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April 27, 2012 3:59 pm
This week Royal Bank of Scotland, which is four-fifths owned by UK taxpayers following the government bailout in 2008, announced plans to throw off the trauma of the past four years and transform its share price in one fell swoop from 23p to £2.30.
If approved by investors at the annual meeting next month, the bank will swap 10 shares for one.
However, the move has left analysts scratching their heads about what it really does for shareholders.
In the US, many companies have consolidated shares for fear of share prices falling below regulatory thresholds, which would force them to delist. In Britain, most share mergers are done by deadbeat stocks whose shares have fallen below a penny. It is highly unusual among big UK companies, say market watchers.
Some research suggests consolidations improve the liquidity of shares while cutting trading activity and volatility. But academics warn the evidence is limited.
RBS’ arguments for merging its shares centre round the view that most FTSE stocks trade between £2 and £4 and hopes the move will help to anchor down the RBS share price. “The company currently has a very large number of issued ordinary shares and at the current level small absolute movements in the share price result in large percentage movements resulting in consolidation volatility,” RBS says.
“That is wishful thinking,” says Paul Marsh, emeritus professor at the London Business School. He points out most share prices move in fractions of a penny and says RBS shares will be just as volatile at £2 as they are at 20p.
“Volatility will fall if there are fundamental improvements in the business and further de-risking, but not because of the consolidation. This could be a distraction – and the undisclosed administrative costs of doing this could be quite large”.
Veterans of the UK stock market are similarly sceptical. “There is no economic rationale. It is cosmetic,” says one leading institutional investor. “Boards, particularly of big companies, don’t like their shares being described as penny stocks. But the benefits are merely emotional.” And like cosmetic surgery, the costs may outweigh the benefits, he adds.
Nonetheless, RBS is not the only financial group, bailed out by its government, that has now decided to consolidate its share count.
Last month, Ageas, the insurer created from Fortis, the failed Belgian-Dutch insurer, announced plans to turn 10 shares into one. The reason: to simplify the group’s legal and regulatory structure and merge its Netherlands and Belgian businesses.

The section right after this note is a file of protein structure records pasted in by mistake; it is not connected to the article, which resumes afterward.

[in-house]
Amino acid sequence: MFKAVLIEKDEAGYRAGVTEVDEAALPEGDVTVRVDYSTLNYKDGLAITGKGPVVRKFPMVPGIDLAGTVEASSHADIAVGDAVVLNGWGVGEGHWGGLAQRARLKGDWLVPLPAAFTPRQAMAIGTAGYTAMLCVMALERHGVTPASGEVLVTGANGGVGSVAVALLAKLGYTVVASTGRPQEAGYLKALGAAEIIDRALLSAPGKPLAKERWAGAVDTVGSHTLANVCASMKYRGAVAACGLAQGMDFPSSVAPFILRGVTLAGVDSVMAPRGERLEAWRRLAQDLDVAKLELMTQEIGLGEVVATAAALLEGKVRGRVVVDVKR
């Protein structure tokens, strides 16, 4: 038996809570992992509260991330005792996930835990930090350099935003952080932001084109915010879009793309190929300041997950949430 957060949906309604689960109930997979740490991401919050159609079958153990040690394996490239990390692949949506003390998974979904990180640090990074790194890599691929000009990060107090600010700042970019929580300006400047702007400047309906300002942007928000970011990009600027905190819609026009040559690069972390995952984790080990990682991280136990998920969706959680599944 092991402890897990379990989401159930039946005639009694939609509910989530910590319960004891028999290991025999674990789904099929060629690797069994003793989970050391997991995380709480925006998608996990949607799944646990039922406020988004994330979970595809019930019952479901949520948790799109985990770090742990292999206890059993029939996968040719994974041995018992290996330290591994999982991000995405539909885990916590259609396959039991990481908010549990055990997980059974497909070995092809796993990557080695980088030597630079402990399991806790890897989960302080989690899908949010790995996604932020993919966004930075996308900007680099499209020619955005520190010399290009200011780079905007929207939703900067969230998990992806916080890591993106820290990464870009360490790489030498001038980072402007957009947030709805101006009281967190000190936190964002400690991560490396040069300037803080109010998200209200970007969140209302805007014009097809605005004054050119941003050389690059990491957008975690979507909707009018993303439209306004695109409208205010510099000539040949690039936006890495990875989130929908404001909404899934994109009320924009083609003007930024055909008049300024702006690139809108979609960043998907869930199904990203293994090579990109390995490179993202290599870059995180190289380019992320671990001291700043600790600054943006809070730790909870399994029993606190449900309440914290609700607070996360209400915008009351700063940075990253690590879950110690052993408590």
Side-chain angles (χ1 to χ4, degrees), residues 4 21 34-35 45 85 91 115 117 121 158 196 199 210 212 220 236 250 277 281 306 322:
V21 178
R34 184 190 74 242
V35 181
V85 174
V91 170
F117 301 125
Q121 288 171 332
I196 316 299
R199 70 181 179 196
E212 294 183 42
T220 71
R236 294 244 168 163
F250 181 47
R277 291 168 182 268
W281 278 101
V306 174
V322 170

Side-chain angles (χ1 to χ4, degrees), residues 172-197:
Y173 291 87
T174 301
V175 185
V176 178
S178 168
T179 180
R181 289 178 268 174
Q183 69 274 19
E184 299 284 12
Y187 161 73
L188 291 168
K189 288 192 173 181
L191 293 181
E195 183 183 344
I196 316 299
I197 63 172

RBS’ plans come almost a year after Citigroup in the US also completed a 10 for one share swap, transforming the price from $4.50 into $45.
The difference, though, between RBS and Citi is that RBS’ shares are tightly held, with 82 per cent in government hands, whereas Citi’s shares were very liquid, say market experts.
Citi is an outlier, say analysts at Investment Technology Group in the US. “No other common stock of similar liquidity has experienced a reverse split with ratio 5:1 or more in recent US history.”
Citi’s rationale was to normalise the group’s share count relative to peers, and to attract a broader group of investors. It thought, too, a higher stock price would reduce transaction costs for both institutional and retail investors and reduce high-frequency trading and volatility.
Observers agreed that cutting the number of shares would cut trading volumes back to more normal market levels. A year ago, the American bank’s share of total US trading volumes was about 6 per cent. By July, stock market analysts noted that daily trading volumes in Citi shares, particularly big trades “off exchange”, had fallen sharply.
The ITG analysts say the benefits for investors are nuanced. For small trades in Citi shares, the spreads – the difference between the price for buying and selling shares and described by ITG as “a key measure of market quality” – tightened, therefore lowering investors’ costs. However, spreads widened and costs rose for larger trades.
Vikram Pandit, chief executive, this month declared the consolidation a success. “Volatility and high-frequency trading is down, with more and more investors in our company taking the long view.”
But RBS’ hopes of seeing a similar change to its shareholder register will only be realised when the UK government sells some or all of its shares in the British bank.
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